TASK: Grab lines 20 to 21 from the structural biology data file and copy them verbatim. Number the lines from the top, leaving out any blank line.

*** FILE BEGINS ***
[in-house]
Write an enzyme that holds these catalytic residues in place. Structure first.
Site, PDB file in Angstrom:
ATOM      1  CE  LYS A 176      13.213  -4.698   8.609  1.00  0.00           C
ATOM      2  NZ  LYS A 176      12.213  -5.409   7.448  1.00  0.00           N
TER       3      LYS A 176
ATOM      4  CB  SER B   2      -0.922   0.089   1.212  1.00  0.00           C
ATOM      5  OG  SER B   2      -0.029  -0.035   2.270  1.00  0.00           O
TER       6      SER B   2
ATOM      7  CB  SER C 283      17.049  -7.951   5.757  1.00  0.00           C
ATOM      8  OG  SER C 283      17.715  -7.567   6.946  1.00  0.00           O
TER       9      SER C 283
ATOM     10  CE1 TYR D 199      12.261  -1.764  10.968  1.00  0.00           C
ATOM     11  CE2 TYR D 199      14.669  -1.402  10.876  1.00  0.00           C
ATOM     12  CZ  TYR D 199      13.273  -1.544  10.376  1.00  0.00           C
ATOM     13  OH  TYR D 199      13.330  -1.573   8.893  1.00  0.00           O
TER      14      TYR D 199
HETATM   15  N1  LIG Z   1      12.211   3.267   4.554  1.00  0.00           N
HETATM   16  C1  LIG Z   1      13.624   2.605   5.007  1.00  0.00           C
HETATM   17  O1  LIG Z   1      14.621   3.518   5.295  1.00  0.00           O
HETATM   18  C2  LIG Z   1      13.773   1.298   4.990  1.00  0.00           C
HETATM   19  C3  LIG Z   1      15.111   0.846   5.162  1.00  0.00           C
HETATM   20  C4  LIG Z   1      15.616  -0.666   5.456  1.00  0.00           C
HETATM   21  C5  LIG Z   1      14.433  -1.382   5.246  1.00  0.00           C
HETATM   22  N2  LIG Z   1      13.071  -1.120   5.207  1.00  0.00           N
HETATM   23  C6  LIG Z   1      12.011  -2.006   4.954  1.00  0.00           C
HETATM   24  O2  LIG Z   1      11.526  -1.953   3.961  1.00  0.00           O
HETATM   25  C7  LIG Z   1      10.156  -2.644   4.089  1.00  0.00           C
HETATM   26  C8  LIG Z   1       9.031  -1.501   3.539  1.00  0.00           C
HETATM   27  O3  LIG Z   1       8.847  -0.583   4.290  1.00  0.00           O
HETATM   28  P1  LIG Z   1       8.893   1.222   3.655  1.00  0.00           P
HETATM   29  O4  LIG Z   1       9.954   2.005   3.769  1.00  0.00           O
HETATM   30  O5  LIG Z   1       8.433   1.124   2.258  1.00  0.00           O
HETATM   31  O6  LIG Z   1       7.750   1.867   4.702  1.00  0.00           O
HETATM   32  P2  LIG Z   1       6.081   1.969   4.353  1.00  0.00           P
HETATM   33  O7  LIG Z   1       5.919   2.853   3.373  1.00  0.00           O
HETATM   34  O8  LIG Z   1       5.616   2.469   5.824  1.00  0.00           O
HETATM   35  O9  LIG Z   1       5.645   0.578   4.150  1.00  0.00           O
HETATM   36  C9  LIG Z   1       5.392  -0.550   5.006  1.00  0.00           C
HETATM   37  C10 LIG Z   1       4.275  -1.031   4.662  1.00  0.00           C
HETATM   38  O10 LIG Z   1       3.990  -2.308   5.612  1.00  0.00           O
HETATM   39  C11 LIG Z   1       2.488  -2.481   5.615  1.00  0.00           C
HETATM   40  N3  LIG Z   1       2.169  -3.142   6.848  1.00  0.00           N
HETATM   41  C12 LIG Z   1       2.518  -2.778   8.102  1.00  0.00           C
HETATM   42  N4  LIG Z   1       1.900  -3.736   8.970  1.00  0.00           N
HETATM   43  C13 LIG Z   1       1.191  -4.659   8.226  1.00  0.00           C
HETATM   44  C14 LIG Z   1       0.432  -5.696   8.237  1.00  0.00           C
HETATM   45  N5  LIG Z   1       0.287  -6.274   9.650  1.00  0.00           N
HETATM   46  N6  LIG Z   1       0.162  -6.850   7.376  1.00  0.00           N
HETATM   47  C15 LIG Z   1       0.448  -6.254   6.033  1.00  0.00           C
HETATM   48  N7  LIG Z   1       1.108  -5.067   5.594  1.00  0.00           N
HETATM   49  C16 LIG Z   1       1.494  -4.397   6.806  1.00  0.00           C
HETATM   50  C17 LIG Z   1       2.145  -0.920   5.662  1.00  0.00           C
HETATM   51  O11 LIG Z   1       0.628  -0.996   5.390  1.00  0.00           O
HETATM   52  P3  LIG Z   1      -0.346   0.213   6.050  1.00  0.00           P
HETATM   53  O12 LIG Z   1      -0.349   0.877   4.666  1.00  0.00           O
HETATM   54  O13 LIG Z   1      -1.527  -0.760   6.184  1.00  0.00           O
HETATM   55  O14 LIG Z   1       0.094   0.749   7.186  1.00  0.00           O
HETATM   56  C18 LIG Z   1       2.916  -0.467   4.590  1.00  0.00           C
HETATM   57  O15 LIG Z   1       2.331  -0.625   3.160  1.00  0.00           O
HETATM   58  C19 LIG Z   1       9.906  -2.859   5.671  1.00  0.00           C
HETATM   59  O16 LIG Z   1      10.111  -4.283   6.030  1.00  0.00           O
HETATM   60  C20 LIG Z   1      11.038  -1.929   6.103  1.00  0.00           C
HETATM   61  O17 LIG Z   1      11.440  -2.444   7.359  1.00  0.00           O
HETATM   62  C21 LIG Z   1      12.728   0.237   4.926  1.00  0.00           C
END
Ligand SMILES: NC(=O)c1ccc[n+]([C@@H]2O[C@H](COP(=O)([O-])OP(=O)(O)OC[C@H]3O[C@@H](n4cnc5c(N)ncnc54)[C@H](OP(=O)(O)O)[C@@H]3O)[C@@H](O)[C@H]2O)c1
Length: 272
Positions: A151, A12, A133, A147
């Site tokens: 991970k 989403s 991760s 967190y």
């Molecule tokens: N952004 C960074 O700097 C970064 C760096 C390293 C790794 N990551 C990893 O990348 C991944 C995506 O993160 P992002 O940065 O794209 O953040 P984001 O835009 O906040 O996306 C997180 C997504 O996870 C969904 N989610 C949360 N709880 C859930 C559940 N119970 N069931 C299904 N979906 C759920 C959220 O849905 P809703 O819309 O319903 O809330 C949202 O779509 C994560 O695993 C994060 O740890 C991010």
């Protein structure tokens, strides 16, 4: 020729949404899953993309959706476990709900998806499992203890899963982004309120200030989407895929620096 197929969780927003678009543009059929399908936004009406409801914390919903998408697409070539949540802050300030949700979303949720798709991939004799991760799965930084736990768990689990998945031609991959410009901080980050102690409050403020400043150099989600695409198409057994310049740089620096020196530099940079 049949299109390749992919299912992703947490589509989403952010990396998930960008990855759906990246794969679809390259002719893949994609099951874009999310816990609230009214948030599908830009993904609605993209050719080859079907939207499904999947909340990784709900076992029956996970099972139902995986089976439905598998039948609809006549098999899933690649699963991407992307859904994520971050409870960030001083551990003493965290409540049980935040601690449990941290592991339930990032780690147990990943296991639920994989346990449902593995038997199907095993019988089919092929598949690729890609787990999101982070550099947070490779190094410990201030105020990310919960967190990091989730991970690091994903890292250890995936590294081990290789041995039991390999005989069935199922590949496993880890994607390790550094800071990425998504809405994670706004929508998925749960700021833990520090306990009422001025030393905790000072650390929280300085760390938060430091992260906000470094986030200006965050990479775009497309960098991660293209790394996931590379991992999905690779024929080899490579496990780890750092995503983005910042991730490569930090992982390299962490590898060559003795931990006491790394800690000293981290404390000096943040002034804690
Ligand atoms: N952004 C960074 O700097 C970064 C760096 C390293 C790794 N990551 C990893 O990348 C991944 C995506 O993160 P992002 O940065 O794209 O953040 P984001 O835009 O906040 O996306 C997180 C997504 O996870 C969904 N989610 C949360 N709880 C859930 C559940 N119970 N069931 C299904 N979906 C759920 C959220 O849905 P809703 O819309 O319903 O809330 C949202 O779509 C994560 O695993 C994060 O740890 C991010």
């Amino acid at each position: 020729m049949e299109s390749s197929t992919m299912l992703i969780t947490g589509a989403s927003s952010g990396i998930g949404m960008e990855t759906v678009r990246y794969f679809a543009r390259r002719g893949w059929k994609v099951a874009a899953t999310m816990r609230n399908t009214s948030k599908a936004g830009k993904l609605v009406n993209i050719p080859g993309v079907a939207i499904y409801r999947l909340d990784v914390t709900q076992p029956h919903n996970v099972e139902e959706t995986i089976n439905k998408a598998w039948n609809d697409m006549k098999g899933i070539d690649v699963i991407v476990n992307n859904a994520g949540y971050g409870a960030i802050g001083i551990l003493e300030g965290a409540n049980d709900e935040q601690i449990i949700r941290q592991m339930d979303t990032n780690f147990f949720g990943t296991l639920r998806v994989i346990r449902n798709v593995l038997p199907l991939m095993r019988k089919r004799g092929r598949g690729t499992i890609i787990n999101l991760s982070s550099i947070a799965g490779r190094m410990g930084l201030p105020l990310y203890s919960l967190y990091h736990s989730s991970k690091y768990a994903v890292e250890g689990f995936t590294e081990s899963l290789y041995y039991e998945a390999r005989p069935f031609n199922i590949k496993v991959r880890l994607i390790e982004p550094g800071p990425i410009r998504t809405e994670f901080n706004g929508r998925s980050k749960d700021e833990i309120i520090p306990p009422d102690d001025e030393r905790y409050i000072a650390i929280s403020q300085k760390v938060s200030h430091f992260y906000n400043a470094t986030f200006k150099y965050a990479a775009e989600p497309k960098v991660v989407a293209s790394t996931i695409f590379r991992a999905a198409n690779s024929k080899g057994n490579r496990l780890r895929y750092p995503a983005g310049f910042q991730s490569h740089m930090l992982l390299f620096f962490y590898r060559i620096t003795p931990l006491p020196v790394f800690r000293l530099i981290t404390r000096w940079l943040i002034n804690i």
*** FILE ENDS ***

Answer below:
HETATM   17  O1  LIG Z   1      14.621   3.518   5.295  1.00  0.00           O
HETATM   18  C2  LIG Z   1      13.773   1.298   4.990  1.00  0.00           C